Ohio State Football: Scare vs. Cal Is a Warning Sign for Buckeyes

Jessica MarieCorrespondent IISeptember 17, 2012

COLUMBUS, OH - SEPTEMBER 15:  Nathan Broussard #22 of the California Golden Bears pressures quarterback Braxton Miller #5 of the Ohio State Buckeyes causing Miller to throw the ball out of bounds in the second half at Ohio Stadium on September 15, 2012 in Columbus, Ohio.  (Photo by Jamie Sabau/Getty Images)
Jamie Sabau/Getty Images

In Week 3 of the college football schedule, we saw the first chinks in Ohio State's armor.

The Buckeyes escaped with a 35-28 win over California on Saturday, thanks more to the Bears' failure to come up big in a couple of clutch situations rather than their own proficiency.

Ohio State lucked out on Saturday. It lucked out that the Bears defense couldn't find a way to make sure they had a man—any man—on Devin Smith when he caught the game-winning 72-yard touchdown with just over three minutes left. They were lucky that the Bears missed three field goals, including two in the second half.

It isn't fair to go so far as to say that the game-sealing interception thrown by Zach Maynard was luck. That was a huge play on the part of Christian Bryant.

But any time you're relying on a last-drive pick to seal a win, you're in trouble.

As Buckeyes head coach Urban Meyer said after the game, Ohio State did what it needed to do: It found a way to win. Meyer told the Associated Press (via ESPN.com):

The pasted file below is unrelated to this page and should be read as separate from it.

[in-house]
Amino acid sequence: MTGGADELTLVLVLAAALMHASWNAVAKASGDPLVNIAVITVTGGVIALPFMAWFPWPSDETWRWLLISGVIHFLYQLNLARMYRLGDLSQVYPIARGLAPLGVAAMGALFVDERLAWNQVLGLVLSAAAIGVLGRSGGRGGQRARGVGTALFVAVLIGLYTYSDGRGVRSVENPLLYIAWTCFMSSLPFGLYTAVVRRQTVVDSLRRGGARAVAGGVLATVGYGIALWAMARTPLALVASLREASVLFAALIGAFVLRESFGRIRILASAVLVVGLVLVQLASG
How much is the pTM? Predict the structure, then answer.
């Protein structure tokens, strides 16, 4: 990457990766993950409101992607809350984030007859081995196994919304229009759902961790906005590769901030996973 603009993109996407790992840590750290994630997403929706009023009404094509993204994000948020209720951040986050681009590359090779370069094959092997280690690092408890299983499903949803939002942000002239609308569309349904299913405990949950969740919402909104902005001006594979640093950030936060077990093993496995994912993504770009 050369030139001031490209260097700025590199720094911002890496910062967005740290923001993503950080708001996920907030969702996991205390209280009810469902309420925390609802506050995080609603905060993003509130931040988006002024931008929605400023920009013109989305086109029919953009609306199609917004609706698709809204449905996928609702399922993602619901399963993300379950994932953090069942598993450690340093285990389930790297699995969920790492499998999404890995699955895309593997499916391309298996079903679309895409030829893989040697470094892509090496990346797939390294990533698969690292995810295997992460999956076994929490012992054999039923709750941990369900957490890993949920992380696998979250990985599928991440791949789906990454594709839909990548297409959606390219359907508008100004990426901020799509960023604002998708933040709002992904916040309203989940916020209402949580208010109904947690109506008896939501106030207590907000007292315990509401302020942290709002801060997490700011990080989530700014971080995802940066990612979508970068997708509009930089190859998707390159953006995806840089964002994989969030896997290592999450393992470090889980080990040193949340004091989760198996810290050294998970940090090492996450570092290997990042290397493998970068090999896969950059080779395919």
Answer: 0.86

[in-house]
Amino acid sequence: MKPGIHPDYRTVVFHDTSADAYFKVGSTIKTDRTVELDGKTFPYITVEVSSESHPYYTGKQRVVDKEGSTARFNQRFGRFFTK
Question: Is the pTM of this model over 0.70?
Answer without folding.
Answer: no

Our guys found a way. I've been in games before I thought we were going to lose. I just kept waiting, I thought someone would make a play. I really did.

It doesn't matter how you get to the top of the conference standings, as long as you get there and stay there.

But it's still somewhat of a concern when your head coach is admittedly waiting for the other shoe to drop. It's a sign that something needs to change, that everyone needs to play better. Top teams can't rely on an opponent's mistakes in order to seal the victory.

The Buckeyes are still 3-0. An almost-loss isn't a loss, concerning as it may be. They are still in very good shape. Nevertheless, it is important for this team to realize that playing this way against a team like Michigan State or Nebraska—allowing 512 yards to the opposing offense, suffering 11 penalties for a total of 101 yards—isn't going to cut it.

The best teams in the nation know exactly how to capitalize on an opponent's mistakes, just like Ohio State knew how to capitalize on Cal's. And next time around, the Buckeyes may not get so lucky. Next time around, there may be no last-second pick, or missed field goals, or blown coverages.

On Saturday, the Buckeyes got the win, but it didn't necessarily outplay Cal. They know that, and they know that can't be the case when it comes time to face Michigan State and Nebraska back-to-back after Saturday's game against UAB.

At least the warning signs have revealed themselves before the Big Ten schedule starts. Now, it's time to fix them.